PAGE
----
I recently had the pleasure of attending an event at the Vatican during which the latest “upgrades” to the Sistine Chapel were presented by Professor Paolucci, director of the Vatican Museums. In a nutshell, these recent upgrades ensure that this important site is well positioned not only to welcome its many visitors in the years to come, but to also satisfactorily continue playing its central role in the liturgy and rituals of the Roman Catholic Church.
The presentation began with mention of the great restoration project of the Sistine Chapel done by Gianluigi Colalucci that took place from 1979 to 1994. The first step of that long journey was recounted again, when Colalucci did the first cleaning test on a few square inches of the fresco and how the true colors of Florentine Mannerism in the wonderful Nathan and Eleazar lunette reappeared for the first time, hundreds of years after they were painted by Michelangelo.
Also remembered was how the restoration caused virulent disagreements and critique because so many actually thought that Michelangelo had painted the Sistine Chapel in darker colors rather than the brighter colors which appeared once the consolidated smoke deposits and dust pollution which covered the frescos were removed.
The museum director however then reported that since the great restoration, the number of annual visitors has doubled, and while the frescoes are in good condition, they are nonetheless exposed to ever increasing negative agents which can negatively affect their conservation. Thus the decision to “upgrade” things recently.
Basically, it took three years to just to gather the data, study the conditions, decide on the best solutions, and design the new systems. First off, the number of visitors (recent figures top 6,000,000 people a year!) will be capped. Also, due to this enormous human presence the, air filtration system was rebuilt to guarantee the correct standards of conservation for the frescoes (and humans, of course). Simple AC? No chance! The new system has to guarantee (with either the Chapel empty or with thousands of people in it) constant temperature, controlled humidity, the reduction of atmospheric pollutants, efficient air circulation, and carbon dioxide within acceptable limits. Of course, given the enormous impact that light can have on both frescoes as well as the surrounding air conditions (temp, humidity, etc.) the lighting system too was completely redesigned and built.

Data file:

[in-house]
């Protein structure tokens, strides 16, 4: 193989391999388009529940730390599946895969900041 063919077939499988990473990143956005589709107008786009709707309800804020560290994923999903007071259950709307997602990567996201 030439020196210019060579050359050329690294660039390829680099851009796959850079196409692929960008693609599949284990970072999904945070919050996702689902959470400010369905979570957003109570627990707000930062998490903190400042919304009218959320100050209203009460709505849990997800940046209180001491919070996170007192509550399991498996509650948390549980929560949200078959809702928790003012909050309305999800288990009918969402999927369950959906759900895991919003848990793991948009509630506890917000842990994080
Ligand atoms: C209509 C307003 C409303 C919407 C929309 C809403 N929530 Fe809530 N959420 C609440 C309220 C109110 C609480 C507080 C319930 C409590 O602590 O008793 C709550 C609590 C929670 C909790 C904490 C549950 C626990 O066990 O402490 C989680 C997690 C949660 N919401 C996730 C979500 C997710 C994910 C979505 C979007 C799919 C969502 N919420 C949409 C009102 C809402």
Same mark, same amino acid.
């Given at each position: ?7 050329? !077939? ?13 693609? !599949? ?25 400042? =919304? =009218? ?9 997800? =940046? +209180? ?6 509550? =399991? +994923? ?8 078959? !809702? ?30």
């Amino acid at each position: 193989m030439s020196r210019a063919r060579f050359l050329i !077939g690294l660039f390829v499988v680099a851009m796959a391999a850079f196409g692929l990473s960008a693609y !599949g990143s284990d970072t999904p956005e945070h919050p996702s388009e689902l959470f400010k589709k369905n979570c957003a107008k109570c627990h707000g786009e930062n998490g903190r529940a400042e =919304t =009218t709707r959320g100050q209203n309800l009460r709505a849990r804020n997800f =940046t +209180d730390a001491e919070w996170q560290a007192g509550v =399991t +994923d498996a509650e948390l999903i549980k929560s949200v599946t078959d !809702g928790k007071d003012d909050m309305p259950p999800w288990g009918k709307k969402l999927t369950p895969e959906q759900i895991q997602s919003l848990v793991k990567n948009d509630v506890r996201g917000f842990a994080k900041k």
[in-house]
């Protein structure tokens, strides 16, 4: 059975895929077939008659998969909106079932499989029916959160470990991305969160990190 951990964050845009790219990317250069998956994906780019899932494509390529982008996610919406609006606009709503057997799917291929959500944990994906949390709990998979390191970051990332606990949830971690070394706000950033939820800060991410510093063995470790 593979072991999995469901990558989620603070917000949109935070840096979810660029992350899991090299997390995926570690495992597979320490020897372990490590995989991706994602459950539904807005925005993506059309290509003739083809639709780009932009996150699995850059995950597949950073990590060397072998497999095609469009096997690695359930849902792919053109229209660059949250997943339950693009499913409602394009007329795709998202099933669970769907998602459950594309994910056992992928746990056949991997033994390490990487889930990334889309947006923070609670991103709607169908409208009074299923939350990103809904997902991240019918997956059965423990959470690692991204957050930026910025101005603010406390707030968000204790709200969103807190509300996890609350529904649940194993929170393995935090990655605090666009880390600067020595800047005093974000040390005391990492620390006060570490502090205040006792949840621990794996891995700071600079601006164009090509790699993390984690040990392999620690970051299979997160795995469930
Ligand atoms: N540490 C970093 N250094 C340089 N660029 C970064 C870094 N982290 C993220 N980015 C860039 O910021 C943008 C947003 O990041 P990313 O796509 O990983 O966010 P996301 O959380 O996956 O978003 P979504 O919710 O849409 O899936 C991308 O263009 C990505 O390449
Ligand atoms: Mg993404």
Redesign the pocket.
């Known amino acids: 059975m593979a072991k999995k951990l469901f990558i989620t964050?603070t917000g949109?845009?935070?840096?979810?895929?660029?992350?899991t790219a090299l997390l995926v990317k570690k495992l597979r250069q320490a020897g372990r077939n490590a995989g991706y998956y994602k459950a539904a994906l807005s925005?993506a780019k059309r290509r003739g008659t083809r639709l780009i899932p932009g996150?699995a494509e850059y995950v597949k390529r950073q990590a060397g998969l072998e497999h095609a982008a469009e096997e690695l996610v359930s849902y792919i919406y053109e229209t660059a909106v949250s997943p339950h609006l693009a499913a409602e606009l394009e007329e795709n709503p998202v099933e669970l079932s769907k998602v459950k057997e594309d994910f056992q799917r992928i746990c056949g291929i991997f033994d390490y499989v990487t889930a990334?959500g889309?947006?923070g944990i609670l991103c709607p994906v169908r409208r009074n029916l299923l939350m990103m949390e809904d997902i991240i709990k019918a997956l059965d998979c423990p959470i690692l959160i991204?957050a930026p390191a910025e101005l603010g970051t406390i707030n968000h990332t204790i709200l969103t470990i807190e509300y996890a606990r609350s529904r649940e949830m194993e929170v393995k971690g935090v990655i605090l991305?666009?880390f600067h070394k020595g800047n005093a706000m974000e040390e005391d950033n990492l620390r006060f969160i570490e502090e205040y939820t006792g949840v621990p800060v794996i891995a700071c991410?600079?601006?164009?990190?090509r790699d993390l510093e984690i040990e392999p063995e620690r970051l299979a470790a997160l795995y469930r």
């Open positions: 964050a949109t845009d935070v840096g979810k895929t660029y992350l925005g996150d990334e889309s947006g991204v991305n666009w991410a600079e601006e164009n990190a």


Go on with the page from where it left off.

In addition, besides new schedules for the periodic testing of both the conditions of the frescos within the Chapel and of the efficiency of the new conditioning and lighting systems, Professor Paolucci also spoke of plans for the creation of a multi-language, multi-use instructional space which will help visitors better understand the history, the artists, the styles, the iconography, the theology, the doctrine, and the catechesis of the Chapel prior to entering it. Thanks to this “pre-emptive” education space, the visitors’ stay will be both more respectful of the space and more fulfilling for all thanks to a greater understanding of it.
This presentation of all the work done has given me a greater appreciation of the professional work done by such a qualified team of experts. It is work that needs to be held up as the foremost example of the best art conservation possible. The result of the restoration and the innovation of the new systems have stood the test of time and are a perfect example of how art should be preserved, for the present and the future.
(- Vatican Museum link.)